Banks hire appraisal firms because they want an opinion of value. Why? The majority of banks in today's banking climate, even when they identify themselves as an asset based lending group, they are, in fact, effectively cash flow lenders. The assets, as collateral, are important, but the focus of the lender is on the borrower's ability to service their debt and not necessarily on the actual value of the underlying collateral.

Special Asset Groups within banks hire appraisers for a different purpose. They hire because the possibility of actually liquidating the underlying collateral has increased significantly and now the bank needs to truly understand the value of the collateral as a priority of the then existing lending relationship.

It is no longer an ABL theoretical exercise but rather a practical exercise of what may happen.

For this reason, regardless of the group within the bank and regardless of the overall size percentage of the lending relationship the M&E represents, it is important to engage a firm that is actively trading, selling, buying, and auctioning the types of assets being appraised as collateral because when it is time to sell it is time for them to prove their values. You can't compare values if one firm does the appraisal and one does the auction.

Loeb recently completed a sale of a group of equipment previously appraised for several years. Two things occurred. The sale substantiated the prior opinion of value and also, because of that sale, we were then engaged to appraise other equipment in the same industry. Actual sale results are the best basis for a real world opinion of value.

There are many firms that produce reports that look great, but they are not actively trading those assets.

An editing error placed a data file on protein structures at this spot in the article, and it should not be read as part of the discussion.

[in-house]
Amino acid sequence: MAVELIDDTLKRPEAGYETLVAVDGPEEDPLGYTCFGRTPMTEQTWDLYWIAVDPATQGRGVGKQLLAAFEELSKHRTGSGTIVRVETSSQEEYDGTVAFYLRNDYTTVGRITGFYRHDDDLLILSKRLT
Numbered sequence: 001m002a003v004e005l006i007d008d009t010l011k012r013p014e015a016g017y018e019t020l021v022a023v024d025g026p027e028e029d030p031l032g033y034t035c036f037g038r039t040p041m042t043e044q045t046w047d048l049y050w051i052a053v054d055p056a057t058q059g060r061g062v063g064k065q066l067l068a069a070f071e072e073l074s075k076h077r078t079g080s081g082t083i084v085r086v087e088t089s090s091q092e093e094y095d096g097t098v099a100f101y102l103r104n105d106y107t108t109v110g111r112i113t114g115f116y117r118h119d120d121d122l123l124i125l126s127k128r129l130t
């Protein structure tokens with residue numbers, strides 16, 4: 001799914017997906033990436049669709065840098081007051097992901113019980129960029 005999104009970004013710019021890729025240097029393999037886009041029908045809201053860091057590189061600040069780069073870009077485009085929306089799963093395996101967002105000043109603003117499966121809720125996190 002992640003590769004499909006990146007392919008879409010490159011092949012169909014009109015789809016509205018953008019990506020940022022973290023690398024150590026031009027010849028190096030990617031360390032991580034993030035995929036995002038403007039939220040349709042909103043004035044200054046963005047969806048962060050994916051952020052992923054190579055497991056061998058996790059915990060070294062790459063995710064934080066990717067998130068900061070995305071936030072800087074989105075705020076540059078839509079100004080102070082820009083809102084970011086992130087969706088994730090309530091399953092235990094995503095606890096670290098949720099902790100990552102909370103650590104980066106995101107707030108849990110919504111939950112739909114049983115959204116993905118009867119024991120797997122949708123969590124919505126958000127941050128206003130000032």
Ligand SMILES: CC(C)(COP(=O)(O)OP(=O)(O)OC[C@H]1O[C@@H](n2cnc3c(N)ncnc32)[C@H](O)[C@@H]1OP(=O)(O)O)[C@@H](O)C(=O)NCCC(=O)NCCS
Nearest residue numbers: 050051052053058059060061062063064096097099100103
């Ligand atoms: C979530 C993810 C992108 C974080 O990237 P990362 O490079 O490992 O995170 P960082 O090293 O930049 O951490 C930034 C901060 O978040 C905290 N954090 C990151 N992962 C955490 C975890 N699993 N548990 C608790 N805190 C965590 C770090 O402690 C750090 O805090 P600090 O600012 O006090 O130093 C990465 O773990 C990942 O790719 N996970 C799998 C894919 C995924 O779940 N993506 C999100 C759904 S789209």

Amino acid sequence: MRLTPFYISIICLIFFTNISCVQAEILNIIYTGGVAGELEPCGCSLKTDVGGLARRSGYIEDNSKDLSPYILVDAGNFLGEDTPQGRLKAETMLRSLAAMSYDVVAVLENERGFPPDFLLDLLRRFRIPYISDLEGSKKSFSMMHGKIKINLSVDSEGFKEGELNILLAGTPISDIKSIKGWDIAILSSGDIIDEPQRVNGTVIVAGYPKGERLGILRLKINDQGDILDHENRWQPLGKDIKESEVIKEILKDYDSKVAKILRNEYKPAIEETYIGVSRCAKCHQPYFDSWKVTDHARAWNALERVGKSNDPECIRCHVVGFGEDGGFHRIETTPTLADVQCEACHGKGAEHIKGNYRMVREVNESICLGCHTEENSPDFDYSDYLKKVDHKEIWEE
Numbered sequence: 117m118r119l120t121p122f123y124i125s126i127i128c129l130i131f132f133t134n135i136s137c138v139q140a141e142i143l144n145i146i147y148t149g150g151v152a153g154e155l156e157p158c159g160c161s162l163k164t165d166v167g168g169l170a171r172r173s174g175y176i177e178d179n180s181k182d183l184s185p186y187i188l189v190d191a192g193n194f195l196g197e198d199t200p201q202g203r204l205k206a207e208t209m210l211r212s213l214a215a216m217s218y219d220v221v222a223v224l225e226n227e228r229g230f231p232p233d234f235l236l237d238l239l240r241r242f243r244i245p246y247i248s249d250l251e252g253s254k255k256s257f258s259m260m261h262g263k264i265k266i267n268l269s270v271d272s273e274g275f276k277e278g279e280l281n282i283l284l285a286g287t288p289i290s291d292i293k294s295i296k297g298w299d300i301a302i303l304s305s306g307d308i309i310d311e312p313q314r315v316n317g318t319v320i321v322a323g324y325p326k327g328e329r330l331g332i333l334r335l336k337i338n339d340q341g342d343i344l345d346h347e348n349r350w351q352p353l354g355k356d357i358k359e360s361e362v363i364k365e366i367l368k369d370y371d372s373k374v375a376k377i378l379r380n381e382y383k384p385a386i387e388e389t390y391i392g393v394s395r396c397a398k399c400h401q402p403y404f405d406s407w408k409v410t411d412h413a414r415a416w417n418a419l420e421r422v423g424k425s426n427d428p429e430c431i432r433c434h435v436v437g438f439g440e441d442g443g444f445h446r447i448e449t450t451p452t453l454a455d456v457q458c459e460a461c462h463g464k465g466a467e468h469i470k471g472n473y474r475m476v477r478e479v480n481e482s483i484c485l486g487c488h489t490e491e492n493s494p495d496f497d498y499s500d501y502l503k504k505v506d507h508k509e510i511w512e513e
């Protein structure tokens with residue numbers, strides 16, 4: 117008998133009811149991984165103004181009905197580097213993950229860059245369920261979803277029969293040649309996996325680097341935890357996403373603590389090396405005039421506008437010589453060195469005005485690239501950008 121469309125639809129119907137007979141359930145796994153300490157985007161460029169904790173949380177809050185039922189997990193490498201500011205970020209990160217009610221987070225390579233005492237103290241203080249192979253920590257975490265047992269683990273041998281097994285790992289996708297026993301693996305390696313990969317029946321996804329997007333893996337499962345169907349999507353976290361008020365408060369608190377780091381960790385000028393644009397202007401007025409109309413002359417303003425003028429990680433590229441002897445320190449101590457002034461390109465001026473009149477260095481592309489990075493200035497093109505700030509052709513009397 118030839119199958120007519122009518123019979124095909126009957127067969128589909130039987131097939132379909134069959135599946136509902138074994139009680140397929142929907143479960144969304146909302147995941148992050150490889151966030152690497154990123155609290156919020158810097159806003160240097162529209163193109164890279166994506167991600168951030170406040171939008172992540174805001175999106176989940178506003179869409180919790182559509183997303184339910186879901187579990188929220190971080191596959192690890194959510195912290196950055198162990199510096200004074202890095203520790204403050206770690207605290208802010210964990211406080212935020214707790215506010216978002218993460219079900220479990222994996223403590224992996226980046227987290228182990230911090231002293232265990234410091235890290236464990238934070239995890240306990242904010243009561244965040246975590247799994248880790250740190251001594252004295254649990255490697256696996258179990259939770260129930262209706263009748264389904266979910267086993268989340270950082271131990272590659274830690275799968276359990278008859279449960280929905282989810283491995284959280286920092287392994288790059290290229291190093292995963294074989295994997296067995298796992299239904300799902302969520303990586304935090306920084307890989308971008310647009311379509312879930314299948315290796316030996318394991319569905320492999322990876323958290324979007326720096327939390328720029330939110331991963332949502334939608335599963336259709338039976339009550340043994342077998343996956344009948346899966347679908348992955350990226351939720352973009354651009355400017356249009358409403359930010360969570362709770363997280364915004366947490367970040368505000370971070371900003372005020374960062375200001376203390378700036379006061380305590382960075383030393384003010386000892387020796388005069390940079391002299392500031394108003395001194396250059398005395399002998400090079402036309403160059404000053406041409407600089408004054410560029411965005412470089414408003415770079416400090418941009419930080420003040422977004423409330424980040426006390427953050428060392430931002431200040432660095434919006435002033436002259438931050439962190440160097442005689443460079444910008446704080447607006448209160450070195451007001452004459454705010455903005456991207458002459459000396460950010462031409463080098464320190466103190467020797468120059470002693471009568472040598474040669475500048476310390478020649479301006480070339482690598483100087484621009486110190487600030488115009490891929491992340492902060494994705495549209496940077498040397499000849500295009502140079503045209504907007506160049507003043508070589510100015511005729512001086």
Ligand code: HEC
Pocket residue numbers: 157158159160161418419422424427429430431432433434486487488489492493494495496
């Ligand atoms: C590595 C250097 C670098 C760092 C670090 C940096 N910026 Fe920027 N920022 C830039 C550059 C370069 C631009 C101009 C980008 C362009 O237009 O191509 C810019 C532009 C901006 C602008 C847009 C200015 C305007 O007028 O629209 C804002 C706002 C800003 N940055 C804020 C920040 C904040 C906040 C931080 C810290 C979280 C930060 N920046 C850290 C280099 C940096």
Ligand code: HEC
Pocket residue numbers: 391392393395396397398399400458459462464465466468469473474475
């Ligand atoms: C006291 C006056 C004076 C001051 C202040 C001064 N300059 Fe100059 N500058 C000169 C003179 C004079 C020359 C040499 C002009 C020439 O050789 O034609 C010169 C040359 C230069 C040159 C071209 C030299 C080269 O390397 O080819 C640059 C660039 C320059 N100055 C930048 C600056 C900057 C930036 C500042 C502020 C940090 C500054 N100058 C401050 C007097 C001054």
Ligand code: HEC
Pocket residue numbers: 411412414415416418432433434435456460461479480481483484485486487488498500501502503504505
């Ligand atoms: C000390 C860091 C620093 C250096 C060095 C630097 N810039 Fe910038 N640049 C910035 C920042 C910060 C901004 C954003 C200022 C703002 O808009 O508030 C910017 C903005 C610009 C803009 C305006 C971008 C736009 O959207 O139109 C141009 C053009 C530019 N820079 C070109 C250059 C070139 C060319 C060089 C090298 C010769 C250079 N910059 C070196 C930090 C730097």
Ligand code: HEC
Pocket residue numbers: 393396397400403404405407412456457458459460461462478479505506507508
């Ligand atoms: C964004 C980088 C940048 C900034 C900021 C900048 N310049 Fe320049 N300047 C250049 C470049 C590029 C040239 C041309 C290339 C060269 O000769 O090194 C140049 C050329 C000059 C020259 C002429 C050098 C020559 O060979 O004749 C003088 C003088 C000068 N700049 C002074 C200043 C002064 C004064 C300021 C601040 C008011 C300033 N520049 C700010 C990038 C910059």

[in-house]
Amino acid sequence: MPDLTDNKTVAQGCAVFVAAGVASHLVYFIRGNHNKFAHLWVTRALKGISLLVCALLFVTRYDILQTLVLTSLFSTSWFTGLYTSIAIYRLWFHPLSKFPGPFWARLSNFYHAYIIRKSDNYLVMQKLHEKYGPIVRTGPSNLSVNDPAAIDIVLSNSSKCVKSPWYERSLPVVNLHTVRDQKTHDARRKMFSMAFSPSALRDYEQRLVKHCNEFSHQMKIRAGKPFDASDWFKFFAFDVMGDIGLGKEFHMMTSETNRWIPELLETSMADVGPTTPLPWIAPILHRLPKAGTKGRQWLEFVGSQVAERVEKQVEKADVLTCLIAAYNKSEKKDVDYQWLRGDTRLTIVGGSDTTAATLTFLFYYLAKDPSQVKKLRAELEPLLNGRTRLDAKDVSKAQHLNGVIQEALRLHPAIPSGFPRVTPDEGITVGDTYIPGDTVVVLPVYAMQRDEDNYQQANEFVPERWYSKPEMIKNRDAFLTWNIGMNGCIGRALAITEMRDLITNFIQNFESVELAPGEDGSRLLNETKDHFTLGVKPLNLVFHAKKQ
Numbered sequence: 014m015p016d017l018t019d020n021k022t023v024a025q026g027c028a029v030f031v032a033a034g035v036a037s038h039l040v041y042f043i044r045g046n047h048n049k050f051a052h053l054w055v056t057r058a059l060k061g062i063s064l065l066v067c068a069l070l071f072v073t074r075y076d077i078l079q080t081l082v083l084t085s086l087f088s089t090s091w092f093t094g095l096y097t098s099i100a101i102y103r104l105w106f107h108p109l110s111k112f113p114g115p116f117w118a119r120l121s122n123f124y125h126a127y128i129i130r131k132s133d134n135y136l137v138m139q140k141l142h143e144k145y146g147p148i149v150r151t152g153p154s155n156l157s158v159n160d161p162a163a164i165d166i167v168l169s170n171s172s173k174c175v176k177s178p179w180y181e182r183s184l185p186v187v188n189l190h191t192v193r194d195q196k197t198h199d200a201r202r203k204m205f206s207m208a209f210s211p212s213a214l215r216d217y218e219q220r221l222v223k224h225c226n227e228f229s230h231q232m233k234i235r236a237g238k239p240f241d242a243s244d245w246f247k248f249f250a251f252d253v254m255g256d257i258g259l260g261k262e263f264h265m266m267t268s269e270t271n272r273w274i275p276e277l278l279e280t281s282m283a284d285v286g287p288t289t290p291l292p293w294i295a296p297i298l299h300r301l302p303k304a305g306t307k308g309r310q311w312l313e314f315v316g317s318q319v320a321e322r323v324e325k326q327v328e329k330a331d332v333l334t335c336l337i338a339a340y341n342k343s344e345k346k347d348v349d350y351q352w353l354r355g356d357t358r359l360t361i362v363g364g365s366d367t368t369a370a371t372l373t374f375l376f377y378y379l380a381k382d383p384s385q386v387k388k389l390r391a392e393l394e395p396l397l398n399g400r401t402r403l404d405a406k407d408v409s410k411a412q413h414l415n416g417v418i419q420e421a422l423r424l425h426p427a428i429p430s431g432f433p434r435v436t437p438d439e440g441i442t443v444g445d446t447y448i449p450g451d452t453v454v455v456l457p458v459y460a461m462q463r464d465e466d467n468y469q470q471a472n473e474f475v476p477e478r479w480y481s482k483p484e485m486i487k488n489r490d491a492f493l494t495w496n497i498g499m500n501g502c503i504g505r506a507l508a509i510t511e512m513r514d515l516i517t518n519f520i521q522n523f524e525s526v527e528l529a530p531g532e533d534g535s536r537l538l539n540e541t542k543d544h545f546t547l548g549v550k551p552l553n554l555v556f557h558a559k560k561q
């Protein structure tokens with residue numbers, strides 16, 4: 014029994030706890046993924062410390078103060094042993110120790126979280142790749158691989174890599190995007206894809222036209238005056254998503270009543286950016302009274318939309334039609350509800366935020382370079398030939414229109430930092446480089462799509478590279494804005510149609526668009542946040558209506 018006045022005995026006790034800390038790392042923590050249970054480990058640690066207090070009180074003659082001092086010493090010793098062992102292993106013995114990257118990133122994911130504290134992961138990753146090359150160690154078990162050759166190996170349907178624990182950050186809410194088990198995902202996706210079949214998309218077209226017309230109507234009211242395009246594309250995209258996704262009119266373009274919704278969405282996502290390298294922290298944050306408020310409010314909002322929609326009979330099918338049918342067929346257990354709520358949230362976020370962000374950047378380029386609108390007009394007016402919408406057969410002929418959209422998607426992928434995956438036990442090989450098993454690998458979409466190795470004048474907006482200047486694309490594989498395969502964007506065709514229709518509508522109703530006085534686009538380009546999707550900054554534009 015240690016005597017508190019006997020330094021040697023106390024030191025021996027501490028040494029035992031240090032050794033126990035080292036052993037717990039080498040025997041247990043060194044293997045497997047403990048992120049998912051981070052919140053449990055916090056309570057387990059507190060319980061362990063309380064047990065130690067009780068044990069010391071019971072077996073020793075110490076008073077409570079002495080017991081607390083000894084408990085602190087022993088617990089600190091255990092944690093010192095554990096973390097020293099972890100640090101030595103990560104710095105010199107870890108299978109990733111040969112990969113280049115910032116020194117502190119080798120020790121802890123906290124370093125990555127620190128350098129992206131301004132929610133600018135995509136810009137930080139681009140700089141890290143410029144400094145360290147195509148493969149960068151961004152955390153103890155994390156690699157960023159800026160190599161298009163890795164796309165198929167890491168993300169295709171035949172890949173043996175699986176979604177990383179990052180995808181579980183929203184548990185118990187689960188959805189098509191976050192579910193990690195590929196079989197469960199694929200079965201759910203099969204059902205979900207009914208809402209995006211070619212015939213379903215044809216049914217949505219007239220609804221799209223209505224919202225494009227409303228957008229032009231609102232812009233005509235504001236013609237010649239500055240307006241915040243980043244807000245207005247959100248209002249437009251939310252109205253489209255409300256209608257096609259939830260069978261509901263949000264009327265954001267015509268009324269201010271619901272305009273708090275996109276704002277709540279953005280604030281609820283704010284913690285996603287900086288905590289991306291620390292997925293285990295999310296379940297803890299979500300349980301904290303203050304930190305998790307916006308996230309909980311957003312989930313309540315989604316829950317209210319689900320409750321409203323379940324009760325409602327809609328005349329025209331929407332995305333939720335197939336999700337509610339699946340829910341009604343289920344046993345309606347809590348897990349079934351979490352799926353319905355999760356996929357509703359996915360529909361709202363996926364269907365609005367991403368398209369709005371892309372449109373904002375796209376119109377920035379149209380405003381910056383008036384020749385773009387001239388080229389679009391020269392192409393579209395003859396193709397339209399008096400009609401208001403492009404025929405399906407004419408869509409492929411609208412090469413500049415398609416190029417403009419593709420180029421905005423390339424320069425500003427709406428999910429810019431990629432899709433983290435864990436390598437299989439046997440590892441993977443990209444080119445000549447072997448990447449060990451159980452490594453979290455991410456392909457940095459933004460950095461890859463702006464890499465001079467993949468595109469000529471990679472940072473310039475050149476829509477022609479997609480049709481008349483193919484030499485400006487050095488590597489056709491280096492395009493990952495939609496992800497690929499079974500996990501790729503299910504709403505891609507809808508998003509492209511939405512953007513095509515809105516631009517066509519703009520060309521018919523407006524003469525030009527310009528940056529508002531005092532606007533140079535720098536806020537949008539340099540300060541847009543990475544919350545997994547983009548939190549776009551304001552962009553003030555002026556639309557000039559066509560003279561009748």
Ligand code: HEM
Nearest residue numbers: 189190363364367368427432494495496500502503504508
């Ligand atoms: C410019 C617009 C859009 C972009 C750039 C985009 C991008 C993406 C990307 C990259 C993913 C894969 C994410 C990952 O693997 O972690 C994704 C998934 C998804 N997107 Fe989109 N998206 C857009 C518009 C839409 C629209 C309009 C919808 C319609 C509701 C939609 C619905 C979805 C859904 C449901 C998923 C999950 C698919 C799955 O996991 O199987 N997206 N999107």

A firm that engages in performing inventory appraisals may not be the right firm to perform an M&E valuation and visa versa. Hire an expert in the area that an opinion of value is needed. It is challenging to be an expert in everything.

The right firm for your engagement is the firm that openly specializes in certain fields and doesn't perform appraisals in others. The Loeb difference is our day-to-day involvement in the marketplace which is critical when it comes to true asset valuations. As an active participant in the market from multiple disciplines, our appraisals are based on actual transactions of buying, selling, financing, and auctioning industrial assets applying real world analysis to our approach.

Equipment valuations for industrial facilities of all sizes!
Contact Loeb for all your Appraisal needs!

Learn More About Loeb Appraisal ›

Thursday, September 17, 2015

Preservation of Value vs. Value Enhancement: What does money spent mean to value?

By John Hagist
Controller, VP Appraisal Services
(773) 496-5744

Fixed asset registers are an interesting list. Every time a business makes a purchase, the decision needs to be made if the purchase is being capitalized and subsequently added to the fixed asset register, or if the purchase is expensed, thereby having an effect on the P&L of the business. The Sarbanes-Oxley act (particularly sections 302 and 404) added to each businesses decision making process.

When Loeb Appraisal is engaged to perform a valuation on a facility, the facility will often send over their fixed asset list so that there’s a mutual understanding of the overall facility and the scale and scope of assets involved.

These lists can be both helpful and misleading at the same time.

Recently, we’ve encountered experiences where prior Loeb appraisals have been used for purchase price allocation purposes and where the appraisal list has been uploaded into the fixed asset register software. After a month or two, the next purchase on the register reads as “Replacement Motor” at a cost of $7,500. A machine already on the list has a motor that is now being replaced? When the purchase is a maintenance-related expenditure, it is NOT an enhancement to value but rather a preservation of the original value.